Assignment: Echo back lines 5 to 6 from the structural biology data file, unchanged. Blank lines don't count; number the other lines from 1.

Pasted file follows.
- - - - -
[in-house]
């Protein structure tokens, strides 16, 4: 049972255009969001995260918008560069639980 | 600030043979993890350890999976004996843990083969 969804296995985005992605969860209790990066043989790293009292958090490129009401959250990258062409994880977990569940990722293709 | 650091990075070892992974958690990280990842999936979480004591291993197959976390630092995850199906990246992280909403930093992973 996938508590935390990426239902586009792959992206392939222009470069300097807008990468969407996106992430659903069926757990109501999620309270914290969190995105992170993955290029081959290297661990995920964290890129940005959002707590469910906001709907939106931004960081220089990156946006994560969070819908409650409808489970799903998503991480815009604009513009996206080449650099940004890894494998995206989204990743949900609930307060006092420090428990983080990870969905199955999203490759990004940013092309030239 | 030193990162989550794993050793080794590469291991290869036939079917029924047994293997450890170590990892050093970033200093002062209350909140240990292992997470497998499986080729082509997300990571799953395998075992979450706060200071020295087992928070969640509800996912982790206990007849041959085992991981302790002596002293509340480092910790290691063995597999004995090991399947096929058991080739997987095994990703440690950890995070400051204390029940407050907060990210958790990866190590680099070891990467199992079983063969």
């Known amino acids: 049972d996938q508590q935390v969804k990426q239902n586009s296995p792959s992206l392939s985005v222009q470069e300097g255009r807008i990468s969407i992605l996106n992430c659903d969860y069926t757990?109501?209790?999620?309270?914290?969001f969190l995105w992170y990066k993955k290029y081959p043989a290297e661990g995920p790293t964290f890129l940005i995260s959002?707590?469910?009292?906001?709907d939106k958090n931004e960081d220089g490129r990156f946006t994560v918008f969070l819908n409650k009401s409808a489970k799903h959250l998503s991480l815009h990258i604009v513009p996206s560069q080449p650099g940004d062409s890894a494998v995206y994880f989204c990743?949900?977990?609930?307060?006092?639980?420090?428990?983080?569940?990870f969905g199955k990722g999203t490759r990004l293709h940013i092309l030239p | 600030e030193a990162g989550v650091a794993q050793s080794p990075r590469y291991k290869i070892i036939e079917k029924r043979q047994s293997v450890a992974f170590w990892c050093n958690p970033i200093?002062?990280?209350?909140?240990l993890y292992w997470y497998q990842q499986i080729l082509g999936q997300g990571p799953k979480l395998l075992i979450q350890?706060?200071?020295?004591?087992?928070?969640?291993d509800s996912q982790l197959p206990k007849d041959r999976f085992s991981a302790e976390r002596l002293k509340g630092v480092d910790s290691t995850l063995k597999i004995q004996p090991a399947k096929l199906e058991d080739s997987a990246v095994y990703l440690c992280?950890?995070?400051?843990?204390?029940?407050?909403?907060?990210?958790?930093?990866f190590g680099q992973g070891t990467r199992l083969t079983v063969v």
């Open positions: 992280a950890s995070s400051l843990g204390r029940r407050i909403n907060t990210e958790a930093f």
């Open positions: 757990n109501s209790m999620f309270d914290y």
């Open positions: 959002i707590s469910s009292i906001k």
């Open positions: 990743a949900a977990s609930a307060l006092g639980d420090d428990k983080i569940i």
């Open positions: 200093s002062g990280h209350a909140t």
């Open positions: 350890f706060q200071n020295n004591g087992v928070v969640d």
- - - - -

């Open positions: 757990n109501s209790m999620f309270d914290y």
């Open positions: 959002i707590s469910s009292i906001k």